World War II prisoner's coded letters decipheredtags: World War II, Dunkirk, encryption, Plymouth University
Coded letters sent from a British prisoner of war to his parents in Cornwall have been deciphered thanks to academics at Plymouth University.
Sub Lt John Pryor was captured at Dunkirk in 1940 and sent to a German prisoner of war (PoW) camp.
He was held for the next five years but as a reward for good behaviour he was allowed to send letters home to his parents in Saltash.
Those letters contained secret messages for the British military.
The research began after military intelligence expert Barbara Bond, a pro-chancellor at the university, heard about the letters from Sub Lt Pryor's son Stephen, a university governor....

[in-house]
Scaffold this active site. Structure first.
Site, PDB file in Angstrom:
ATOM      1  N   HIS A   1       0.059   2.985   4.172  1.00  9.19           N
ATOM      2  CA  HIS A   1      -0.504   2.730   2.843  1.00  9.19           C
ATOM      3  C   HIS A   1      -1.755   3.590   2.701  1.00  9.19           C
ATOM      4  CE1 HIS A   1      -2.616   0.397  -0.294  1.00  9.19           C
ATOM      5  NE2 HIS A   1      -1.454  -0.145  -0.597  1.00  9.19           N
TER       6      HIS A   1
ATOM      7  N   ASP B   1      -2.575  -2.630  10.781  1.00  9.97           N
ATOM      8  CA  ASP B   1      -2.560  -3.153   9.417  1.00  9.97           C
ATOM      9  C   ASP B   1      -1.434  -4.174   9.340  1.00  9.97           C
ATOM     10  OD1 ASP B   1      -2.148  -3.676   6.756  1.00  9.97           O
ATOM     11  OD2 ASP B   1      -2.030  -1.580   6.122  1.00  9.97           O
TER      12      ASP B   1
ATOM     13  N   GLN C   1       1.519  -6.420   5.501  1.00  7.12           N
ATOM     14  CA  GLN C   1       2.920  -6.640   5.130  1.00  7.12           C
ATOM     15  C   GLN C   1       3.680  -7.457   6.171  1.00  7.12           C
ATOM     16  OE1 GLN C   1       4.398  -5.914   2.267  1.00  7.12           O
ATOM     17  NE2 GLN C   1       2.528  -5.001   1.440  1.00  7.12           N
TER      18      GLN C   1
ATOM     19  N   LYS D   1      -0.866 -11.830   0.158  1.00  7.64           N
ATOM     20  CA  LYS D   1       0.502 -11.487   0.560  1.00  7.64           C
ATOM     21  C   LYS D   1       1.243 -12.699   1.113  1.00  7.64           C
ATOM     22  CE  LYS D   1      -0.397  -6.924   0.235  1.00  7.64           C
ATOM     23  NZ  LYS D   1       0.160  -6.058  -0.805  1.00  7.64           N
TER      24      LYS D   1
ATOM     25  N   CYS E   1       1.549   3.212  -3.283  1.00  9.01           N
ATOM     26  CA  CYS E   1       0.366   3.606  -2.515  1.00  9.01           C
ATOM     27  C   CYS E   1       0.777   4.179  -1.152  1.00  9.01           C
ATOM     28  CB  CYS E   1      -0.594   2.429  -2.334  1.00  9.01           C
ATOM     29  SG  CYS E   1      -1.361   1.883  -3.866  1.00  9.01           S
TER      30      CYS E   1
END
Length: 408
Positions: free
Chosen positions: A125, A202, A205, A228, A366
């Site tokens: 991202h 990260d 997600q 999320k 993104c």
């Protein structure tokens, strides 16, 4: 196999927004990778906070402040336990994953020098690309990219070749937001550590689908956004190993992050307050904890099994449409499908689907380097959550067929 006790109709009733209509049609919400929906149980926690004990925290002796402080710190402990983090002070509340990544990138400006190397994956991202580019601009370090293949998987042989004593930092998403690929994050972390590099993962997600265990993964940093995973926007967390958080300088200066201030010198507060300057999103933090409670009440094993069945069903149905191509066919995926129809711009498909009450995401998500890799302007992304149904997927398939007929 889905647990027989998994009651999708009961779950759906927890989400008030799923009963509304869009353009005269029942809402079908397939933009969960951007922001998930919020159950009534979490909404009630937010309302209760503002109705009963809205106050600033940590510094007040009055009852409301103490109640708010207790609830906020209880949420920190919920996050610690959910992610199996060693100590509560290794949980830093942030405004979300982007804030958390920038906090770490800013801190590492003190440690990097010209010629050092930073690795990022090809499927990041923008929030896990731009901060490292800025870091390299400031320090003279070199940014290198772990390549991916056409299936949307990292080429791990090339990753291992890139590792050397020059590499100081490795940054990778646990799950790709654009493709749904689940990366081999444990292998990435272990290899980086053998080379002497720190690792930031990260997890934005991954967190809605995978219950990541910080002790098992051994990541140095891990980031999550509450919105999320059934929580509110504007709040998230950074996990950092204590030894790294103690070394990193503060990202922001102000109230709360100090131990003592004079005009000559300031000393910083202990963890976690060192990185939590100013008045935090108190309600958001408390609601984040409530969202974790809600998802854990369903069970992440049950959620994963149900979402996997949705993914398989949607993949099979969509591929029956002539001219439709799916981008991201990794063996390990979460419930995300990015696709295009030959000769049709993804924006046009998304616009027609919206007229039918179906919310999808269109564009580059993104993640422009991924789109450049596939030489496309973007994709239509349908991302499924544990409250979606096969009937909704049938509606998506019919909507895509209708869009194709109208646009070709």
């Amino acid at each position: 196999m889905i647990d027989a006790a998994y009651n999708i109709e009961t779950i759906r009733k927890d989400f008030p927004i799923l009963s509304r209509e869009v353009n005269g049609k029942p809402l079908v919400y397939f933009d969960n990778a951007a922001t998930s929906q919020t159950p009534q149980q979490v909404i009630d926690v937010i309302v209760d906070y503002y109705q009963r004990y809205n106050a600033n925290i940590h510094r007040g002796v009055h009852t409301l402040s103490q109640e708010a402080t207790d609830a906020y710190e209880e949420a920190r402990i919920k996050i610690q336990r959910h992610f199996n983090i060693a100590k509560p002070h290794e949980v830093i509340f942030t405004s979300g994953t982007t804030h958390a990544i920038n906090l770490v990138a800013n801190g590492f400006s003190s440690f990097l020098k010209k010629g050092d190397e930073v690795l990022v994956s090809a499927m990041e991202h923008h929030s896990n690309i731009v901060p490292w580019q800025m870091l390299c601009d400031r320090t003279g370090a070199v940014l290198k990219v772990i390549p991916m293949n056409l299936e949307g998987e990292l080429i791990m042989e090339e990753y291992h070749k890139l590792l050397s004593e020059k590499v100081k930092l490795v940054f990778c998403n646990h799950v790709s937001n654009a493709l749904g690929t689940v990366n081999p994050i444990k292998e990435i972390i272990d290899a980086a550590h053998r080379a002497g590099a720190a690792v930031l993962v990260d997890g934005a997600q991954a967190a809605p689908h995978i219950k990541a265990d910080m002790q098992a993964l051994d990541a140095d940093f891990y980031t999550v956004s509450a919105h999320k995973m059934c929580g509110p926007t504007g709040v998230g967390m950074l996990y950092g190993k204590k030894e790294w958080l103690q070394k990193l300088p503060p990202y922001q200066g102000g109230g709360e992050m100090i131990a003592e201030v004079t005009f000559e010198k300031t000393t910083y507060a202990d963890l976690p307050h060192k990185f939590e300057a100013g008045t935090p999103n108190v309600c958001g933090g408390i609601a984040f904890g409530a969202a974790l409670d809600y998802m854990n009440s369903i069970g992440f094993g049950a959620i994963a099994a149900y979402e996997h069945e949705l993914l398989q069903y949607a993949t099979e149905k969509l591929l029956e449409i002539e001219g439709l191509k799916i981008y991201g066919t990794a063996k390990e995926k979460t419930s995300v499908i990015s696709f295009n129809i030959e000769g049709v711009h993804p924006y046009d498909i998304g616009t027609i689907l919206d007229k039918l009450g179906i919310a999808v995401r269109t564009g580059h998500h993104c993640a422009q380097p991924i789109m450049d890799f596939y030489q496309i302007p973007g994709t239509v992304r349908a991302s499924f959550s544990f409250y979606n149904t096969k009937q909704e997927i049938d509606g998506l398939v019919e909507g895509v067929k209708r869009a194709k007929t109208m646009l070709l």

comments powered by Disqus
- Poll: Majority Of Americans Say Obama Is Mixed Race, Not Black
- New technology helps paleontologists see Ice-Age bee in intricate detail
- History textbooks in crosshairs of Australia's curriculum wars
- Archaeologists' findings may prove Rome a century older than thought
- 150 years of medical journals to go online
- She Came All the Way from Melbourne to Attend the OAH
- The 7 Most Popular HNN Videos from the 2014 OAH
- U.Va. Historian Alan Taylor Wins 2014 Pulitzer for Book on Slaves and War -- His second Pulitzer!
- UW Professor Stephanie Camp, 46, feminist historian, dies
- Italian forces in WW2 were not soft and Mussolini wasn't a clown, British historian claims